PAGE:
No one can argue that the system of capital allowances can remain unchanged for ever. When my hon. Friend the Member for Tatton (Mr. Osborne) announced before the Budget our plans to cut corporation by 3p, he said that some reform of the system was needed. However, I believe that where significant changes are made, there should be proper consultation with the people who are most closely affected. The reliefs that we have been discussing are valuable; the Red Book indicates that the saving to the Treasury from the 1p reduction in IBAs and ABAs in the 2008-09 financial year will amount to approximately £250 million. Only 13 per cent. of property qualifies for the two reliefs, so the benefit is concentrated on relatively small but important sectors of the economy. When such a significant change is made, it is important to consult, so that Ministers can understand the consequences more clearly.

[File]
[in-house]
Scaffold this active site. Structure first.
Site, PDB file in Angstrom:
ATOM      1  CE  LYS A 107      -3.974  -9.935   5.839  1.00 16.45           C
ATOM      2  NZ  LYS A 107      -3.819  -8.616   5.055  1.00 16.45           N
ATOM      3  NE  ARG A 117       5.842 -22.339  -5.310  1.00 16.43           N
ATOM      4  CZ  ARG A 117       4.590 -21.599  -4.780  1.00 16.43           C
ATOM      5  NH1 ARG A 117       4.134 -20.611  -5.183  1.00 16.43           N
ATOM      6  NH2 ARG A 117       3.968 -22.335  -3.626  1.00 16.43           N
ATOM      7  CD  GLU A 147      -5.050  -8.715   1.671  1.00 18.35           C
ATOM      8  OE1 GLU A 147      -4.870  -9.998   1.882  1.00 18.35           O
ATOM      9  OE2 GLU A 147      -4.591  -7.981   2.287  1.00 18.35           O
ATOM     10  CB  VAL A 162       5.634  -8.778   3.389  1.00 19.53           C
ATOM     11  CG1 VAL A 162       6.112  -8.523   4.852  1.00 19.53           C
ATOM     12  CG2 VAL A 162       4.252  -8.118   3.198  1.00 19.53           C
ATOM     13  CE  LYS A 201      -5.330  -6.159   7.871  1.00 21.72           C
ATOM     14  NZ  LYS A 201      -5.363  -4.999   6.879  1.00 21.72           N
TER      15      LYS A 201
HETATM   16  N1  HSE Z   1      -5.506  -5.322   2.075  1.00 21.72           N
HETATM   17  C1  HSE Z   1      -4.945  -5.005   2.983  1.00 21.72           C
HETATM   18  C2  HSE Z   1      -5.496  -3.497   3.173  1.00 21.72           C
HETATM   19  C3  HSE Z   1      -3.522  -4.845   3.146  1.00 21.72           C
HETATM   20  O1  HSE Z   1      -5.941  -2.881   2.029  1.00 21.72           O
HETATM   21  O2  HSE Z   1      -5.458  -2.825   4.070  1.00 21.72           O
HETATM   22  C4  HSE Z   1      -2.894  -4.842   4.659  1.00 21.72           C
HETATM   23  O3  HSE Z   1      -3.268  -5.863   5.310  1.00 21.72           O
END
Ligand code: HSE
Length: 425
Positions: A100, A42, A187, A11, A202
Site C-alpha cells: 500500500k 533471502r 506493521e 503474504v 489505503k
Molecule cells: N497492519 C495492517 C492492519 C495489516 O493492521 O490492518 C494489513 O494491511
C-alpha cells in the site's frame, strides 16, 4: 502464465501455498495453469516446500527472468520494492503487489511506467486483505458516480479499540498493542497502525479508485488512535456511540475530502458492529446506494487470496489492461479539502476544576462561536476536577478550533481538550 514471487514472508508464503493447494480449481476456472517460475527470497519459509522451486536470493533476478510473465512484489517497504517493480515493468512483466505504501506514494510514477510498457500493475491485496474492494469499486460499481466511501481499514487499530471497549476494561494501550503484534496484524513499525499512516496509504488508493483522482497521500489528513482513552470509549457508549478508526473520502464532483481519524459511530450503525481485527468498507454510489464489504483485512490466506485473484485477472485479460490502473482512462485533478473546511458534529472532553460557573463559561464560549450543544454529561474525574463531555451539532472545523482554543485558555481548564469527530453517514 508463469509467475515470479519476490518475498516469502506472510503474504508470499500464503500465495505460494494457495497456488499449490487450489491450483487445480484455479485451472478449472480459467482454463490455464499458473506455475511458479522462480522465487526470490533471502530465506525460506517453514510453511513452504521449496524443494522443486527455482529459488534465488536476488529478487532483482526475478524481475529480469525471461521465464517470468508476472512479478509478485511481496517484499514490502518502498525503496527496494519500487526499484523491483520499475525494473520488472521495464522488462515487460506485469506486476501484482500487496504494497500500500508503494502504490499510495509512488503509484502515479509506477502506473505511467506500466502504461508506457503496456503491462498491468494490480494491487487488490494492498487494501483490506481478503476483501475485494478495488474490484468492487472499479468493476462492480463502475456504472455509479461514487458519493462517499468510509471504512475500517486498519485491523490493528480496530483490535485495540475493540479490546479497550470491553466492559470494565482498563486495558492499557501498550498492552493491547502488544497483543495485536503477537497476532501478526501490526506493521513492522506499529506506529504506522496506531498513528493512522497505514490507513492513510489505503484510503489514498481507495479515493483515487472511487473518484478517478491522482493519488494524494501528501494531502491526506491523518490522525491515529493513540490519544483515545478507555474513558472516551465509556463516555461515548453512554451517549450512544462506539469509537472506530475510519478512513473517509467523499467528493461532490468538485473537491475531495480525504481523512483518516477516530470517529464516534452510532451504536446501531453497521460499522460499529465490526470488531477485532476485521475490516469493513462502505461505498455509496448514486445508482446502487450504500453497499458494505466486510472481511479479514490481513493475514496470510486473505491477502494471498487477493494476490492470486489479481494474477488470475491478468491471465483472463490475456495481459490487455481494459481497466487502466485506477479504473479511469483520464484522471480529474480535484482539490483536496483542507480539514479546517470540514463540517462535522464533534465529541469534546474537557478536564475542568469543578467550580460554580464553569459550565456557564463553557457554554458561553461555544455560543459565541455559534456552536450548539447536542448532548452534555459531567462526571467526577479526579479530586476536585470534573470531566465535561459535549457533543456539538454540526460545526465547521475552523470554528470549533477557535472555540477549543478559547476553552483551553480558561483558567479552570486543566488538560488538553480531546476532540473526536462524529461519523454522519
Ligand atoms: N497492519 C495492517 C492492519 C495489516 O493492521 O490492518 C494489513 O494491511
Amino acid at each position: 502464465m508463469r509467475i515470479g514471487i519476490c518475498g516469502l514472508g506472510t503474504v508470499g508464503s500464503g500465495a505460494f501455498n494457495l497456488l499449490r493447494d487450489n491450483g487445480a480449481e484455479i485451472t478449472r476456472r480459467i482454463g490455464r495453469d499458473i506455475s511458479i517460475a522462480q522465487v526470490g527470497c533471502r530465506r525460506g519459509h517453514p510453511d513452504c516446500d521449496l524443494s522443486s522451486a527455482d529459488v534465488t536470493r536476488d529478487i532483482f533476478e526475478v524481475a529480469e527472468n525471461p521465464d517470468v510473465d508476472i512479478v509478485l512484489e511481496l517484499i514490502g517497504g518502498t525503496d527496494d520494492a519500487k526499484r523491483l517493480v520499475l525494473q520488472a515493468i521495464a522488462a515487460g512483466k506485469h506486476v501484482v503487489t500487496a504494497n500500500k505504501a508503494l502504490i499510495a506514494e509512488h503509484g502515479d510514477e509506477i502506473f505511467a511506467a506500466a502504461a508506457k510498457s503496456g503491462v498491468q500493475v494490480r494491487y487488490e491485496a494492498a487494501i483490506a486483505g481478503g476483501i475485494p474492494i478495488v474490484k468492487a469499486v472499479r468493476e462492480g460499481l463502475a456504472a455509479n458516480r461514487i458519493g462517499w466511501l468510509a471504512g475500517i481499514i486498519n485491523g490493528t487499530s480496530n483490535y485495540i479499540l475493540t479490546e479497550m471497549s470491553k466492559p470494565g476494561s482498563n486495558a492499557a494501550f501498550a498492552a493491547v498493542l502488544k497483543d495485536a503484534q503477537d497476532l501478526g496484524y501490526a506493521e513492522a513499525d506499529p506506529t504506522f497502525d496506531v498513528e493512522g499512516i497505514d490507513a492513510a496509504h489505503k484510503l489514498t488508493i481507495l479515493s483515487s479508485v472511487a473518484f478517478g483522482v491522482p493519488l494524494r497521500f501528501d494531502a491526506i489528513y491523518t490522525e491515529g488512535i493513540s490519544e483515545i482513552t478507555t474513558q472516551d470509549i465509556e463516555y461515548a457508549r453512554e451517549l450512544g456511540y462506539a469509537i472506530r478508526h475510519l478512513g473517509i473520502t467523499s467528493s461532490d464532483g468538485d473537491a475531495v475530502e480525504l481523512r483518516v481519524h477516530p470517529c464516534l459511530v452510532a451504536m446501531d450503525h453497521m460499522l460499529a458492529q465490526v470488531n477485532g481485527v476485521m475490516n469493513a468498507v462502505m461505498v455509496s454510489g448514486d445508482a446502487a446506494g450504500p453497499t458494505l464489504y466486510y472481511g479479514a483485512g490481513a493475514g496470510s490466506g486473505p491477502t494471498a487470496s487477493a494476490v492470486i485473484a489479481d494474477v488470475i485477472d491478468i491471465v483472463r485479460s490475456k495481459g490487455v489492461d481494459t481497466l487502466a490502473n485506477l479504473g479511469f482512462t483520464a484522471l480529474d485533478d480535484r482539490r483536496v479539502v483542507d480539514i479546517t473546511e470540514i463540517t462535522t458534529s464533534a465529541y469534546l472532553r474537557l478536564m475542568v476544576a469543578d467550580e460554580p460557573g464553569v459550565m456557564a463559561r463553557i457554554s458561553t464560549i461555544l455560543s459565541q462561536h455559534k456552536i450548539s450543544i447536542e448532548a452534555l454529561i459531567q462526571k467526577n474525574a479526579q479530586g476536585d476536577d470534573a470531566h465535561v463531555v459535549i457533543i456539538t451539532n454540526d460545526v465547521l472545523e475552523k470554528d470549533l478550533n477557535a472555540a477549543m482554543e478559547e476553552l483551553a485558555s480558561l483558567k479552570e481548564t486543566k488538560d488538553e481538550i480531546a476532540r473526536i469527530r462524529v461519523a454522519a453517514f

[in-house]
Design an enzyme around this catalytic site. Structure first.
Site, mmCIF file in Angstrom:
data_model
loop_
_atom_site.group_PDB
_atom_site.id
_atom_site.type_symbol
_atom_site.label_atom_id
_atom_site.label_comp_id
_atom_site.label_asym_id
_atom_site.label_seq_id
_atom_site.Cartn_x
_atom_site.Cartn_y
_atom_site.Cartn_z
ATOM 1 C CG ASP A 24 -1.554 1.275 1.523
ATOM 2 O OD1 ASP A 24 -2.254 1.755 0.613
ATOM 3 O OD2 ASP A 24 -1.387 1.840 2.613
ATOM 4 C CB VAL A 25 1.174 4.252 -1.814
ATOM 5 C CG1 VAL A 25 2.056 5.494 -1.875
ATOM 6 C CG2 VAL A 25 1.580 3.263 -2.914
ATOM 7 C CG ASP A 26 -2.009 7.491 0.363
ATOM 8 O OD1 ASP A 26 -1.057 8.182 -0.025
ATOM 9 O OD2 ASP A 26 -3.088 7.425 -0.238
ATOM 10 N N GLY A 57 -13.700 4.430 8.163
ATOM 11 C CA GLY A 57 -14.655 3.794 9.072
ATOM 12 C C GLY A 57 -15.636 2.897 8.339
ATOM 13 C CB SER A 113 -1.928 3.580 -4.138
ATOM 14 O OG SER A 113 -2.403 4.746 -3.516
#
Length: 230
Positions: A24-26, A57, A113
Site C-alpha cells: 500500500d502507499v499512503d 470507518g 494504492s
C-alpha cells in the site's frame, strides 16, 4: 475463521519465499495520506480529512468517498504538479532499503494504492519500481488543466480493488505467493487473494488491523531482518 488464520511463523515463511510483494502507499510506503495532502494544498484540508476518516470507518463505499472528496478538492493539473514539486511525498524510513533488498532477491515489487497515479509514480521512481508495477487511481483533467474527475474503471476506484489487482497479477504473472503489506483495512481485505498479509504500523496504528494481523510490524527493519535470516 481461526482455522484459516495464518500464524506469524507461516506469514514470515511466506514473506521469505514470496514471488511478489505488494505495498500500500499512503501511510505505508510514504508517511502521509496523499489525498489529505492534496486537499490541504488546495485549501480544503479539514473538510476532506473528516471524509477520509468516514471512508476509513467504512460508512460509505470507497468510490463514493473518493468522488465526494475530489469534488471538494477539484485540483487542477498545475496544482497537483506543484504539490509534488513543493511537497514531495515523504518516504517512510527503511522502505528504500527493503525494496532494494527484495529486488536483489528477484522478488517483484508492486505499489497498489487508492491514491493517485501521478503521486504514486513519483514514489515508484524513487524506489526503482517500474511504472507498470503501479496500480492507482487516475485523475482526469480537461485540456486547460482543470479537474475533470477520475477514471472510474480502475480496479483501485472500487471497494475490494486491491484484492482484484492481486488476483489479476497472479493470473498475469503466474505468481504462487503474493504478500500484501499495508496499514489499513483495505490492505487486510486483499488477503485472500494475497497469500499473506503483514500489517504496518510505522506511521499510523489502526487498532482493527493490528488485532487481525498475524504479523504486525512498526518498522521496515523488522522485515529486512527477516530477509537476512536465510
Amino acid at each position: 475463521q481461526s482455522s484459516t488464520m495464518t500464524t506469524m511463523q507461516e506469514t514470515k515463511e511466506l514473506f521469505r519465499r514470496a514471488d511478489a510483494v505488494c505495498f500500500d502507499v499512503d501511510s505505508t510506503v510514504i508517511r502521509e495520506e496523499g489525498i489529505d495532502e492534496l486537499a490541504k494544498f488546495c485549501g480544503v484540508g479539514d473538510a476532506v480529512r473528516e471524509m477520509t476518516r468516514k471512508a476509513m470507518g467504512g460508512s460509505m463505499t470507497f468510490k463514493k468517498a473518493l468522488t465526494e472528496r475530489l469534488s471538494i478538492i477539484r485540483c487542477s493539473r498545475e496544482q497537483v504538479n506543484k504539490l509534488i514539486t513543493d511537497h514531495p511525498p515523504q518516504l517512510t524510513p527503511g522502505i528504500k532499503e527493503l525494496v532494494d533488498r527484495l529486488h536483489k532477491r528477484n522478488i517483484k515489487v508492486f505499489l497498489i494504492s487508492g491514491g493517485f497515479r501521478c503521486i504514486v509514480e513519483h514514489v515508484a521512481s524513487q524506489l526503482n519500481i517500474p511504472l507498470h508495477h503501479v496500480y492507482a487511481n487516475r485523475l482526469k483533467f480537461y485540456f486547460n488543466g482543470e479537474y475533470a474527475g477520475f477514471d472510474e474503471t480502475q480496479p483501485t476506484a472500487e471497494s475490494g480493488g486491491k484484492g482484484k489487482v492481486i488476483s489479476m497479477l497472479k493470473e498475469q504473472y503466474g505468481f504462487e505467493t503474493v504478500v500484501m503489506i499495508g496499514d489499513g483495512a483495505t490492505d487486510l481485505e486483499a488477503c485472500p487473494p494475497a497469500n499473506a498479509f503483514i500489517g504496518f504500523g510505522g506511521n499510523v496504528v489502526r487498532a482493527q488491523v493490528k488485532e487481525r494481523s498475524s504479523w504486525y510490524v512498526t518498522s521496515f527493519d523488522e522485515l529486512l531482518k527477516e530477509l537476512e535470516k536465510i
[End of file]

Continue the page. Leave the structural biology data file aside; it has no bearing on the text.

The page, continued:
In Committee, the Chief Secretary did not give me the impression that the changes had been fully thought through. Now that we are moving to a period of more open and consultative government, perhaps the Treasury should start thinking more carefully about such matters. In Committee, the right hon. Gentleman said:

In fact, the Government had launched a consultation on the future of corporation tax. In its representations on the changes, the British Property Federation referred to the consultation document on capital allowances that had been published, and to the conclusions of that process. The federation pointed out: